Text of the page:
Members of the Air Force Expeditionary Medical Support team completed a humanitarian mission to build an expeditionary hospital and augment medical care for members of the Angol community here March 26.
A team of Airmen built, staffed and equipped a field hospital to serve more than 110,000 people in the Angol region.
During a ceremony March 24, U.S. government officials donated the hospital to the local Chilean medical community.
The hospital in Angol was severely damaged in an 8.8-magnitude earthquake Feb. 27. With the loss of the regional hospital, local medical officials lost the use of 190 beds.
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The 82 Airmen from 16 different bases arrived in Chile on March 10. With help from members of the Angol community, the Chilean army and the U.S. Agency for International Development, they turned a bare polo field into a fully-operational hospital in 3.5 days.
For many Airmen, this was their first opportunity to put their EMEDs training into practice.
"It has been a very rewarding experience," said Senior Airman Amber Olszen, an aerospace medical technician deployed from the 81st Surgical Inpatient Squadron at Keesler Air Force Base. "We built a hospital from scratch. It was hard work, but I would do it again in a heartbeat and the Chileans were very grateful for it."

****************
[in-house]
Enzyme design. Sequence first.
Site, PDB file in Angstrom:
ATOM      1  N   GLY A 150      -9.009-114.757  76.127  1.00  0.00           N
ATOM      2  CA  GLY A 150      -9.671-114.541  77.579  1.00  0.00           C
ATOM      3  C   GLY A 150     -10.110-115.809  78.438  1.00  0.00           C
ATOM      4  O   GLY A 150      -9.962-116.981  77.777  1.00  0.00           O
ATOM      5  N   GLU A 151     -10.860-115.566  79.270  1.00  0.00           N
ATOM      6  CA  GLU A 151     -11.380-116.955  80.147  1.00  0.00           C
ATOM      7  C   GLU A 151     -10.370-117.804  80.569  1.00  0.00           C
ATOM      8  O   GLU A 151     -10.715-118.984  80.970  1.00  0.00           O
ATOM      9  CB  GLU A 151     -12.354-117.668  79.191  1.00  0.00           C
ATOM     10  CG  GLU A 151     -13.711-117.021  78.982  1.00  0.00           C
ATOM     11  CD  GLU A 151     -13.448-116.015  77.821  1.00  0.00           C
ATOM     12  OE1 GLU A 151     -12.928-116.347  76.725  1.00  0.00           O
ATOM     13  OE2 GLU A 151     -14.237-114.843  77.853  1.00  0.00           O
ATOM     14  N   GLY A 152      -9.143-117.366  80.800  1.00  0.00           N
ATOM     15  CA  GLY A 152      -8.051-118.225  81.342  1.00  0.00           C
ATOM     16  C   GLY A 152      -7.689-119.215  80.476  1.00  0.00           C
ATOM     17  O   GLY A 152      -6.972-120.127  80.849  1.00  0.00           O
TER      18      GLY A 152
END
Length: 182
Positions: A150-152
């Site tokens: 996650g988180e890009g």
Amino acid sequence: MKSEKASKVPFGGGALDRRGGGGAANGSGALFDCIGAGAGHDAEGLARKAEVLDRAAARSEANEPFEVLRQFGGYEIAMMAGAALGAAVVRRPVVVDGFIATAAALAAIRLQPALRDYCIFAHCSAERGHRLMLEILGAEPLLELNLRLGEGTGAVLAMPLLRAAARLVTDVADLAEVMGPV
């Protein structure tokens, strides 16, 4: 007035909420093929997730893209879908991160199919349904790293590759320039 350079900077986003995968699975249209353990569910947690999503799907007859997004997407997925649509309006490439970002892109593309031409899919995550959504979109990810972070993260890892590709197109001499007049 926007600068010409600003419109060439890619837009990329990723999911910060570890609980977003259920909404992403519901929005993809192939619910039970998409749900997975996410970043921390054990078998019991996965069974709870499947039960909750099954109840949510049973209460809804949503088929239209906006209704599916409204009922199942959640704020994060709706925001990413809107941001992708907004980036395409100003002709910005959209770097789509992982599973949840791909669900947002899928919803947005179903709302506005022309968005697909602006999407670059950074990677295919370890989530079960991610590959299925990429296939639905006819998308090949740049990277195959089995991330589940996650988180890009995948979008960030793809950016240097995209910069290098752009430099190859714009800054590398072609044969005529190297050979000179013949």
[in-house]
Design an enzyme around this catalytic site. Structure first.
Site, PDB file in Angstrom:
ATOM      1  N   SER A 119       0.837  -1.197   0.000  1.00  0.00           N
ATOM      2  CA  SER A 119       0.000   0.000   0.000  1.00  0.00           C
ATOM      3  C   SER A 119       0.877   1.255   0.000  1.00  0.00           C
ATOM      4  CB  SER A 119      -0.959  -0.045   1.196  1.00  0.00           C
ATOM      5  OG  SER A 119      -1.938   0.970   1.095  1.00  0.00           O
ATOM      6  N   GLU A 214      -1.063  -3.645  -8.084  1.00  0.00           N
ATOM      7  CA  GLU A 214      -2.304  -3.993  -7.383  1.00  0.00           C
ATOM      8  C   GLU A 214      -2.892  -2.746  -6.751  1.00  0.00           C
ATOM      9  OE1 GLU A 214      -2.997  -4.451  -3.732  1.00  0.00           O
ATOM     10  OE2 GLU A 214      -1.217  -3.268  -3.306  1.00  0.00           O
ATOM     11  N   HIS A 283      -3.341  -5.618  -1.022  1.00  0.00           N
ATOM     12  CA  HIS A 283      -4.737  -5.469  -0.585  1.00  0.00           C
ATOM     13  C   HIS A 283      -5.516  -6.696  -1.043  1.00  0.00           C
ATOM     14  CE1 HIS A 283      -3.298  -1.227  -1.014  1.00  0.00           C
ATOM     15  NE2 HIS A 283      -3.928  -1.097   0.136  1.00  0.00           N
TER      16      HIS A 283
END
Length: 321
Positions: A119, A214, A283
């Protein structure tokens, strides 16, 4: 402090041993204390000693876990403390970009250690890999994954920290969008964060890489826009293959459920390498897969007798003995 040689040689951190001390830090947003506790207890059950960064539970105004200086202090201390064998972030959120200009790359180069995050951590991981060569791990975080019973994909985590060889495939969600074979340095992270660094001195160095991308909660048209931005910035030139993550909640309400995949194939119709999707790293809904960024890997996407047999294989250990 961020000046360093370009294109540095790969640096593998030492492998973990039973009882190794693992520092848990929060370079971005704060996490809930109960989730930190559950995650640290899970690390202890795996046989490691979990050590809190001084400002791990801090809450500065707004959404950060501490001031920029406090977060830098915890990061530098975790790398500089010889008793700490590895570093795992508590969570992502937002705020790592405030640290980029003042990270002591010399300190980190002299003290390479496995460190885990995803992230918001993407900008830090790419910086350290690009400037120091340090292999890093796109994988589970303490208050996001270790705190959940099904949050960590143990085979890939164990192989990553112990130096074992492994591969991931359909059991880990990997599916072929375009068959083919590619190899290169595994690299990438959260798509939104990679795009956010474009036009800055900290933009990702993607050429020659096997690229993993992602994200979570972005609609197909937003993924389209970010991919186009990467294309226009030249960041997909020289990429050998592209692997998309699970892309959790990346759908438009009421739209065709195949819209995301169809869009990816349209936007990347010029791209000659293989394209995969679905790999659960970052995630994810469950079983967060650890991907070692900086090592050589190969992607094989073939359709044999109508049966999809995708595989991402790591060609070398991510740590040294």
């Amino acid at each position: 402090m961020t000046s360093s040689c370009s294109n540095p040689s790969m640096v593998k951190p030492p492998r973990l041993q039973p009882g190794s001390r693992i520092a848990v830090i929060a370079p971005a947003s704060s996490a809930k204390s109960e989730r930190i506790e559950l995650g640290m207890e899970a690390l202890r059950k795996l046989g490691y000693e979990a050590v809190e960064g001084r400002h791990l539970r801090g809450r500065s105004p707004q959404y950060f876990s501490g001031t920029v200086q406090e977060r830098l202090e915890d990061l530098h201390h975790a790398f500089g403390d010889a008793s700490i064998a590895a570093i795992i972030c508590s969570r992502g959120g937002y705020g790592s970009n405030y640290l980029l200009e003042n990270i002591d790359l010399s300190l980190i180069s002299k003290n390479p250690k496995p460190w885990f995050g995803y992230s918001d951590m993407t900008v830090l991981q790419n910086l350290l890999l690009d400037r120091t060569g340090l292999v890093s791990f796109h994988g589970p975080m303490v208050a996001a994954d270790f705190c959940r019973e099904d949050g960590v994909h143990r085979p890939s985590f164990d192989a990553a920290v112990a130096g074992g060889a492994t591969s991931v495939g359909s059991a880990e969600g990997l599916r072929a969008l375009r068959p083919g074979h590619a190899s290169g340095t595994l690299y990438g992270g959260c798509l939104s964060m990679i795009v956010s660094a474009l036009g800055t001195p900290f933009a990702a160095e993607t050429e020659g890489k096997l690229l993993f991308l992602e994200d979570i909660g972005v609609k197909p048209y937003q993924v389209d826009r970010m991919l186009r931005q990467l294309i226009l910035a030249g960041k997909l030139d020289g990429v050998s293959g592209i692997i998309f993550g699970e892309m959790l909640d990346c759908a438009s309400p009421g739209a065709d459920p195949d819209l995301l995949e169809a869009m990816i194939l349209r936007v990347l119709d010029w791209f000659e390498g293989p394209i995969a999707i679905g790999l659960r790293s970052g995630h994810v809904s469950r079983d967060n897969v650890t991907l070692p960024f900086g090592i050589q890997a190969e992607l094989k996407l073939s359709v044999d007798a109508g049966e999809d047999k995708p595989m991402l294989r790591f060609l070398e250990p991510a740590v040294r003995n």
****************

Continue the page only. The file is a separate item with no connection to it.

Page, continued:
Since the hospital opened March 13, Chilean and Air Force medics treated more than 300 patients and performed about 40 surgeries.
Prior to the building of this hospital, medical professionals in Angol used a 16-bed clinic to treat patients in the community.
"Initially we thought we were coming down here to setup and EMEDS +10 to support people injured in the earthquake," said Master Sgt. Joel Shepherd, the EMEDs first sergeant and setup lead. "When we got here we realized that medical infrastructure was what needed support, so we were tasked to build 13 Alaskan shelters and six large general purpose tents; to build a field hospital with the ward capability of about 70 beds."
With the addition of this hospital, health professionals in Angol will have back more than 60 percent of the beds lost as a result of the earthquake.
The U.S. Agency for International Development Office of U.S. Foreign Disaster Assistance staff provided $8.6 million to support the expeditionary facility and staff for a 14-day operational period.
"Since EMEDs has come along, it has put Air Force medics on the deployment map," Shepherd said. "As medical Airmen, this is what we do, what we train for. (EMEDs) embodies our ability to provide rapid global mobility and agile combat support, two of our distinct capabilities in the Air Force. We (EMEDs Airmen here) definitely represented that capability to our allies."
This field hospital will augment medical care in the region for the next two to three years while the Angol hospital is being rebuilt.
"We came here to build something, not to meet our needs, but the needs of the local community," said Col. David Garrison, the EMEDs commander. "We came here with open minds and open hearts, and we listened. We took their input and together we made a very successful operation."